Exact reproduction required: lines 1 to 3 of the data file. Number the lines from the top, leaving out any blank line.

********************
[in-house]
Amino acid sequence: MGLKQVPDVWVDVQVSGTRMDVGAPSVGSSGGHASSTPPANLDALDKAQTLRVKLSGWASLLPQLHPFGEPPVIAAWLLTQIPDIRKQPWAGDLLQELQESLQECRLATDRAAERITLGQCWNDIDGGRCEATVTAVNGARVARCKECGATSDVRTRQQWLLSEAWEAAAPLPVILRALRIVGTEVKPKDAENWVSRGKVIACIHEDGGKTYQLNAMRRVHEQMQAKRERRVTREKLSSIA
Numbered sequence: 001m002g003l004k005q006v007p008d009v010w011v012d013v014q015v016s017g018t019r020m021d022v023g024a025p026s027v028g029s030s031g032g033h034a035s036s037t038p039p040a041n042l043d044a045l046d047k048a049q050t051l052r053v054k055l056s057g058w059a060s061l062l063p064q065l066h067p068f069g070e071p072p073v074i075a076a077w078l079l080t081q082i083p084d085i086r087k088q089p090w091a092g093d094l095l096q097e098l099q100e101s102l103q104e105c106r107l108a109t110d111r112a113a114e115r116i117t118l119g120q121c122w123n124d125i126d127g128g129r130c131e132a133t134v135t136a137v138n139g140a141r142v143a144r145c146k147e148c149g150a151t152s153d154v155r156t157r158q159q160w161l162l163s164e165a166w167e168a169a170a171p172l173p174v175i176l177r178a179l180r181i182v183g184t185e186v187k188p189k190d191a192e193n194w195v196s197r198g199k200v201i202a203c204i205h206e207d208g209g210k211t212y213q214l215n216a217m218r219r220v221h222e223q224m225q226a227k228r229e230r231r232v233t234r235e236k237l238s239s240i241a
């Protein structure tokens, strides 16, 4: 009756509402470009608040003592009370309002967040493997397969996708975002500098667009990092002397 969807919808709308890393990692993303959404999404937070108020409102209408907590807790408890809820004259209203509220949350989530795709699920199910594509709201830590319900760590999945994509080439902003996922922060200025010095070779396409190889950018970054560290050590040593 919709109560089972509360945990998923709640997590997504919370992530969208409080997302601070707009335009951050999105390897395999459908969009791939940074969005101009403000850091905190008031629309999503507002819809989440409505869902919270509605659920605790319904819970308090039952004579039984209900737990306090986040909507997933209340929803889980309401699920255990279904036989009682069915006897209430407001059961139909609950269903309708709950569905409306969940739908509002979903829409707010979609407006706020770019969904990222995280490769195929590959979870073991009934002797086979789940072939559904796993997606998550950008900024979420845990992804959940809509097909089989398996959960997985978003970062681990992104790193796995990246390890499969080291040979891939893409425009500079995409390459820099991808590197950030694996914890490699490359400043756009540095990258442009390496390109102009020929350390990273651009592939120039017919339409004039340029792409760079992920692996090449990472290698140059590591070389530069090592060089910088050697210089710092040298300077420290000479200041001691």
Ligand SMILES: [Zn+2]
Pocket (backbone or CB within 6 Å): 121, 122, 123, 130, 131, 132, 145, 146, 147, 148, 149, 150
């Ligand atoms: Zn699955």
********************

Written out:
[in-house]
Amino acid sequence: MGLKQVPDVWVDVQVSGTRMDVGAPSVGSSGGHASSTPPANLDALDKAQTLRVKLSGWASLLPQLHPFGEPPVIAAWLLTQIPDIRKQPWAGDLLQELQESLQECRLATDRAAERITLGQCWNDIDGGRCEATVTAVNGARVARCKECGATSDVRTRQQWLLSEAWEAAAPLPVILRALRIVGTEVKPKDAENWVSRGKVIACIHEDGGKTYQLNAMRRVHEQMQAKRERRVTREKLSSIA
Numbered sequence: 001m002g003l004k005q006v007p008d009v010w011v012d013v014q015v016s017g018t019r020m021d022v023g024a025p026s027v028g029s030s031g032g033h034a035s036s037t038p039p040a041n042l043d044a045l046d047k048a049q050t051l052r053v054k055l056s057g058w059a060s061l062l063p064q065l066h067p068f069g070e071p072p073v074i075a076a077w078l079l080t081q082i083p084d085i086r087k088q089p090w091a092g093d094l095l096q097e098l099q100e101s102l103q104e105c106r107l108a109t110d111r112a113a114e115r116i117t118l119g120q121c122w123n124d125i126d127g128g129r130c131e132a133t134v135t136a137v138n139g140a141r142v143a144r145c146k147e148c149g150a151t152s153d154v155r156t157r158q159q160w161l162l163s164e165a166w167e168a169a170a171p172l173p174v175i176l177r178a179l180r181i182v183g184t185e186v187k188p189k190d191a192e193n194w195v196s197r198g199k200v201i202a203c204i205h206e207d208g209g210k211t212y213q214l215n216a217m218r219r220v221h222e223q224m225q226a227k228r229e230r231r232v233t234r235e236k237l238s239s240i241a